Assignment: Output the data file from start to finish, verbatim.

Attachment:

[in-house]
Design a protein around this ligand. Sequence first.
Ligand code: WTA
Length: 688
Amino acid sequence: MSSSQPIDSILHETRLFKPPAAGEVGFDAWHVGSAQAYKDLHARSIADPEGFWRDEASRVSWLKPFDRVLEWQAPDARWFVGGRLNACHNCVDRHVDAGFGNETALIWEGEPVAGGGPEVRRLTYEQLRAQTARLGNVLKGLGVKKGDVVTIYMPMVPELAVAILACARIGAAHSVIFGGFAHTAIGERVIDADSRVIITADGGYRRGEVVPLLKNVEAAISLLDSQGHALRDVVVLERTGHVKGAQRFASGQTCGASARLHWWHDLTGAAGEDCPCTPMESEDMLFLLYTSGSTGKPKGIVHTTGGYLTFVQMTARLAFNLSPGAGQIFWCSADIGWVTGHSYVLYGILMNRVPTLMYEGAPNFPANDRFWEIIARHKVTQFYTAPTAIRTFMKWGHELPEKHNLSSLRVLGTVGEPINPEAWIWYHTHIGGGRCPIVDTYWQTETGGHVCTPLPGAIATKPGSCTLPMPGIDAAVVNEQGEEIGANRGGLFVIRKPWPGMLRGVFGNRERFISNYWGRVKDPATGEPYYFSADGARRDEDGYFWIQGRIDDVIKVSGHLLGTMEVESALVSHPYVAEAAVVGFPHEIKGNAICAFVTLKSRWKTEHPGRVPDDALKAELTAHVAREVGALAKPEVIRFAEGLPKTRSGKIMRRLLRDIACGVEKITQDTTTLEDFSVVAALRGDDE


[in-house]
Design a protein around this ligand. Sequence first.
Ligand code: WTA
Length: 688
Amino acid sequence: MSSSQPIDSILHETRLFKPPAAGEVGFDAWHVGSAQAYKDLHARSIADPEGFWRDEASRVSWLKPFDRVLEWQAPDARWFVGGRLNACHNCVDRHVDAGFGNETALIWEGEPVAGGGPEVRRLTYEQLRAQTARLGNVLKGLGVKKGDVVTIYMPMVPELAVAILACARIGAAHSVIFGGFAHTAIGERVIDADSRVIITADGGYRRGEVVPLLKNVEAAISLLDSQGHALRDVVVLERTGHVKGAQRFASGQTCGASARLHWWHDLTGAAGEDCPCTPMESEDMLFLLYTSGSTGKPKGIVHTTGGYLTFVQMTARLAFNLSPGAGQIFWCSADIGWVTGHSYVLYGILMNRVPTLMYEGAPNFPANDRFWEIIARHKVTQFYTAPTAIRTFMKWGHELPEKHNLSSLRVLGTVGEPINPEAWIWYHTHIGGGRCPIVDTYWQTETGGHVCTPLPGAIATKPGSCTLPMPGIDAAVVNEQGEEIGANRGGLFVIRKPWPGMLRGVFGNRERFISNYWGRVKDPATGEPYYFSADGARRDEDGYFWIQGRIDDVIKVSGHLLGTMEVESALVSHPYVAEAAVVGFPHEIKGNAICAFVTLKSRWKTEHPGRVPDDALKAELTAHVAREVGALAKPEVIRFAEGLPKTRSGKIMRRLLRDIACGVEKITQDTTTLEDFSVVAALRGDDE